Recent papers using genome-wide SNP data have indicated higher levels of haplotype diversity in Southern vs. Northern Europe. The authors have typically attributed this finding to south to north migrations within Europe. While such migrations no doubt must have occurred (at some remote date), it seems strange to me to ignore the subsequent extra-European gene flow into Southern Europe which also undoubtedly occurred. An ASHG 2008 abstract, after repeating the intra-European migration theory, includes some additional observations:
Interestingly, we find that within Europe there is a south-to-north gradient with decreasing levels of haplotype diversity moving north, consistent with south to north migrations. We also find that the southwestern European sample has higher haplotype diversity than the southeastern European sample. Additionally, a higher proportion of haplotypes are shared between the southwestern European sample and the Yoruba sample than between southeastern European sample and the Yoruba sample. These two patterns are consistent with recent admixture across the Mediterranean from Northern Africa.Increased genetic affinity between SW Euros and Yorubans is consistent with mtDNA data indicating sub-Saharan admixture in Iberia (Spain and particularly Portugal) at levels higher than typically observed elsewhere in Europe. My guess is a similar analysis would show an increased similarity between SE Euros and NE Africans -- as well as between SE Euros and Middle Easterners, obviously.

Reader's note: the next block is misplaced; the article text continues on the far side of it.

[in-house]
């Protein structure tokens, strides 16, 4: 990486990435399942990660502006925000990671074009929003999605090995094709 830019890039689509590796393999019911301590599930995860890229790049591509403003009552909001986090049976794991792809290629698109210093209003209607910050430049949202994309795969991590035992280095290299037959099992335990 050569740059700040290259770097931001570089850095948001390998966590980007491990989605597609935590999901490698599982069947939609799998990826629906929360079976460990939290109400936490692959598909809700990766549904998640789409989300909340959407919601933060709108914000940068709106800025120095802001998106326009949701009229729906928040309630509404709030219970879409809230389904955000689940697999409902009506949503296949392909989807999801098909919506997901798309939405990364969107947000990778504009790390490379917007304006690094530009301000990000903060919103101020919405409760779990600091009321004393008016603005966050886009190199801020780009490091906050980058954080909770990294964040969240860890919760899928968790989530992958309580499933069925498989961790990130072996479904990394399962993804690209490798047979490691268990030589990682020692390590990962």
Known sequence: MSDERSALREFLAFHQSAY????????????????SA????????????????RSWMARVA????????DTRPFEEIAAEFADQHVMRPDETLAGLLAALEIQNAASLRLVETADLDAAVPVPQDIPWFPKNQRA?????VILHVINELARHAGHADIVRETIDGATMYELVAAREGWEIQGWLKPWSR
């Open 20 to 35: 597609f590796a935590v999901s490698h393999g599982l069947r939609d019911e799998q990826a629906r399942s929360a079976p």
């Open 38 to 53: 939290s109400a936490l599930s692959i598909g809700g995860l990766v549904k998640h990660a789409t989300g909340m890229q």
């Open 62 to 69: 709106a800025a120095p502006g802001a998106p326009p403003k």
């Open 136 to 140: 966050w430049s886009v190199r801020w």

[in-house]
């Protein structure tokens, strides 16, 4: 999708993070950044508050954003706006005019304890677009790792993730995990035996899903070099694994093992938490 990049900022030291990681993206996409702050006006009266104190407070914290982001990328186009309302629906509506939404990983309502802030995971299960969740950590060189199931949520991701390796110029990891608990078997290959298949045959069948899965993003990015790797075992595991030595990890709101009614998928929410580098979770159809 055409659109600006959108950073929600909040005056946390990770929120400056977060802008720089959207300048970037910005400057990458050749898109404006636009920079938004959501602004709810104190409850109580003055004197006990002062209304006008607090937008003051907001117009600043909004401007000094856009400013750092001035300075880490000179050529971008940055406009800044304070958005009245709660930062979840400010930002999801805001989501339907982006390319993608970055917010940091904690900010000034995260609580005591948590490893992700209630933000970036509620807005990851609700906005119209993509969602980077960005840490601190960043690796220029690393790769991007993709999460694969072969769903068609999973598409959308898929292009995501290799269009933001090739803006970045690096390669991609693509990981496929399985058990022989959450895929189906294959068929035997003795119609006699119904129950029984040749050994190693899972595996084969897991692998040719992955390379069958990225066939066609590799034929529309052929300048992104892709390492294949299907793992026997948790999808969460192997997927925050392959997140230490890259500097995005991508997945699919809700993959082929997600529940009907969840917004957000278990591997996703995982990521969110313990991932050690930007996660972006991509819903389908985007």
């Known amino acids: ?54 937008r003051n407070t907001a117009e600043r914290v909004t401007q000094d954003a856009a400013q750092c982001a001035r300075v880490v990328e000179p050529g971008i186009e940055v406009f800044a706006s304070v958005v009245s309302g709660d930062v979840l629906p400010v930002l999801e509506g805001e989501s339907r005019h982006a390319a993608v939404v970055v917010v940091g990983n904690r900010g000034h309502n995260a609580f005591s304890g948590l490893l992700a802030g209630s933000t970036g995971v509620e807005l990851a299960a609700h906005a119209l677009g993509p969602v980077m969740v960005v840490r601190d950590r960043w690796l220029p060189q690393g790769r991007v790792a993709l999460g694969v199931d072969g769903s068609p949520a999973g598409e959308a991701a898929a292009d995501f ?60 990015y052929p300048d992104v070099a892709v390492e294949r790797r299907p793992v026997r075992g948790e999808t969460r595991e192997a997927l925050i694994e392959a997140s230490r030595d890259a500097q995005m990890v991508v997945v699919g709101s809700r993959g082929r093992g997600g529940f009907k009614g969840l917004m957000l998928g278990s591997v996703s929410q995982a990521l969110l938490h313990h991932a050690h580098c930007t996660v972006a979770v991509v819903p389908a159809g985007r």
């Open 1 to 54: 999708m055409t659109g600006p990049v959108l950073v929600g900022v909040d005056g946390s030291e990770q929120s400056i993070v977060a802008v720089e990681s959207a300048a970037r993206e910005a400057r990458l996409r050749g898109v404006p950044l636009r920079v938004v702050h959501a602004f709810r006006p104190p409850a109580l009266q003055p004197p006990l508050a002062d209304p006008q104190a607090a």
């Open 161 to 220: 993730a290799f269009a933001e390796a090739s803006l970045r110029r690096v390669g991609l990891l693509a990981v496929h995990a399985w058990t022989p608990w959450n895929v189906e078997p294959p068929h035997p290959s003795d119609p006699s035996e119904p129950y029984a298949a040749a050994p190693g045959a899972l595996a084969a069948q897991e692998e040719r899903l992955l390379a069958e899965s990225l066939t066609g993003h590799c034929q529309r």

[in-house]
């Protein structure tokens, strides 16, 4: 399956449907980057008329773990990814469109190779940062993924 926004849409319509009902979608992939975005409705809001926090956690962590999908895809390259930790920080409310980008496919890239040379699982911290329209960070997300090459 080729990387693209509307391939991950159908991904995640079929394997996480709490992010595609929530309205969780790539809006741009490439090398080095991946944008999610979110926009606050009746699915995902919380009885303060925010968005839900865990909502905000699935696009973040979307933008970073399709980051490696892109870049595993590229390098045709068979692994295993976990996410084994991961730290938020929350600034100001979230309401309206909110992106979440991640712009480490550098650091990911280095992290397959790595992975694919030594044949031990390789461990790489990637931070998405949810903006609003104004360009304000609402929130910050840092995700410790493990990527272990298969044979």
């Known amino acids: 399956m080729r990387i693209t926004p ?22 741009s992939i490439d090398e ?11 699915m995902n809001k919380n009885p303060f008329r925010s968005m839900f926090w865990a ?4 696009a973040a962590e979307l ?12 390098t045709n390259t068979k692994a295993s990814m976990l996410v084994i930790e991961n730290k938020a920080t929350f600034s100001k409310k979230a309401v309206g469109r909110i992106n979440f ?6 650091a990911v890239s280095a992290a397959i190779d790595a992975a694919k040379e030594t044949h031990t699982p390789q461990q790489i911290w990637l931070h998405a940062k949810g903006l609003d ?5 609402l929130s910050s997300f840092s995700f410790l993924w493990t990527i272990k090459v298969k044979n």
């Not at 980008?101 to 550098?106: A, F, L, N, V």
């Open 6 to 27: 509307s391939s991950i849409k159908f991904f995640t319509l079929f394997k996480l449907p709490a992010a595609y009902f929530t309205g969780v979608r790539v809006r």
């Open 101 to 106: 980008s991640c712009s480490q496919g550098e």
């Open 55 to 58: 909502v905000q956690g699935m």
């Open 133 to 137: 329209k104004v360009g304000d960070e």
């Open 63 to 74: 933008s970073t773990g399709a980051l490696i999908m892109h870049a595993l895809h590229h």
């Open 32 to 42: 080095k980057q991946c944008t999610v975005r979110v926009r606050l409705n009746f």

(Inference of human demographic parameters using haplotype patterns from genome-wide SNP data.)